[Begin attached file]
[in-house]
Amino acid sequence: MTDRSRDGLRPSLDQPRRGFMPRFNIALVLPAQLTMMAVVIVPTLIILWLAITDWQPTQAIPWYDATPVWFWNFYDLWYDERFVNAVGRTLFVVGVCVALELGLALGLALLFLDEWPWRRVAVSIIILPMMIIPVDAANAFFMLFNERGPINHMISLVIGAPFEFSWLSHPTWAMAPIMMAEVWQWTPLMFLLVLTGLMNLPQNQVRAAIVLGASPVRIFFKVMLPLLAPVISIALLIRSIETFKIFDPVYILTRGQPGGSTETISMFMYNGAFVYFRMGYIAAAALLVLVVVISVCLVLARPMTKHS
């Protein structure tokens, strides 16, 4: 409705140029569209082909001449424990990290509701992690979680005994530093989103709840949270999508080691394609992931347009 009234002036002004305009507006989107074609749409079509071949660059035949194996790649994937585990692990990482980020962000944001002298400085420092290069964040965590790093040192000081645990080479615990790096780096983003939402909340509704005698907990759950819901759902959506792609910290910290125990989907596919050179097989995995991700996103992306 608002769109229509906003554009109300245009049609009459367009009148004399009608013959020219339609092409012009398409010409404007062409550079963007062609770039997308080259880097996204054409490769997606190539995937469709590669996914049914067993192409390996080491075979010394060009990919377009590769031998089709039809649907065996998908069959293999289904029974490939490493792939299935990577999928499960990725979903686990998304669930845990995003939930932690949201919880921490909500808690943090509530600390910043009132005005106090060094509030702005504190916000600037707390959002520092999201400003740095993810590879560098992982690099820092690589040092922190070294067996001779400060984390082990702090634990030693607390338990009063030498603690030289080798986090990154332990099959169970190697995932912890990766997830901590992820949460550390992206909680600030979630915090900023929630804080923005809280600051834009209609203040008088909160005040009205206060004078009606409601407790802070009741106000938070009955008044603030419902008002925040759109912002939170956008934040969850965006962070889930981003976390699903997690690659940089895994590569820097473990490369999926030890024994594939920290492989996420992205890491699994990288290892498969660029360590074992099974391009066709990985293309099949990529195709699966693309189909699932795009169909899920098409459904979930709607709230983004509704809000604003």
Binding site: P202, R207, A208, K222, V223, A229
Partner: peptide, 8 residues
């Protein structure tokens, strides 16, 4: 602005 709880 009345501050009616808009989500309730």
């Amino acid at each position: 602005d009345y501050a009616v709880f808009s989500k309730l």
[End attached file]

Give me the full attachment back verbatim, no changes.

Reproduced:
[in-house]
Amino acid sequence: MTDRSRDGLRPSLDQPRRGFMPRFNIALVLPAQLTMMAVVIVPTLIILWLAITDWQPTQAIPWYDATPVWFWNFYDLWYDERFVNAVGRTLFVVGVCVALELGLALGLALLFLDEWPWRRVAVSIIILPMMIIPVDAANAFFMLFNERGPINHMISLVIGAPFEFSWLSHPTWAMAPIMMAEVWQWTPLMFLLVLTGLMNLPQNQVRAAIVLGASPVRIFFKVMLPLLAPVISIALLIRSIETFKIFDPVYILTRGQPGGSTETISMFMYNGAFVYFRMGYIAAAALLVLVVVISVCLVLARPMTKHS
């Protein structure tokens, strides 16, 4: 409705140029569209082909001449424990990290509701992690979680005994530093989103709840949270999508080691394609992931347009 009234002036002004305009507006989107074609749409079509071949660059035949194996790649994937585990692990990482980020962000944001002298400085420092290069964040965590790093040192000081645990080479615990790096780096983003939402909340509704005698907990759950819901759902959506792609910290910290125990989907596919050179097989995995991700996103992306 608002769109229509906003554009109300245009049609009459367009009148004399009608013959020219339609092409012009398409010409404007062409550079963007062609770039997308080259880097996204054409490769997606190539995937469709590669996914049914067993192409390996080491075979010394060009990919377009590769031998089709039809649907065996998908069959293999289904029974490939490493792939299935990577999928499960990725979903686990998304669930845990995003939930932690949201919880921490909500808690943090509530600390910043009132005005106090060094509030702005504190916000600037707390959002520092999201400003740095993810590879560098992982690099820092690589040092922190070294067996001779400060984390082990702090634990030693607390338990009063030498603690030289080798986090990154332990099959169970190697995932912890990766997830901590992820949460550390992206909680600030979630915090900023929630804080923005809280600051834009209609203040008088909160005040009205206060004078009606409601407790802070009741106000938070009955008044603030419902008002925040759109912002939170956008934040969850965006962070889930981003976390699903997690690659940089895994590569820097473990490369999926030890024994594939920290492989996420992205890491699994990288290892498969660029360590074992099974391009066709990985293309099949990529195709699966693309189909699932795009169909899920098409459904979930709607709230983004509704809000604003």
Binding site: P202, R207, A208, K222, V223, A229
Partner: peptide, 8 residues
């Protein structure tokens, strides 16, 4: 602005 709880 009345501050009616808009989500309730």
């Amino acid at each position: 602005d009345y501050a009616v709880f808009s989500k309730l």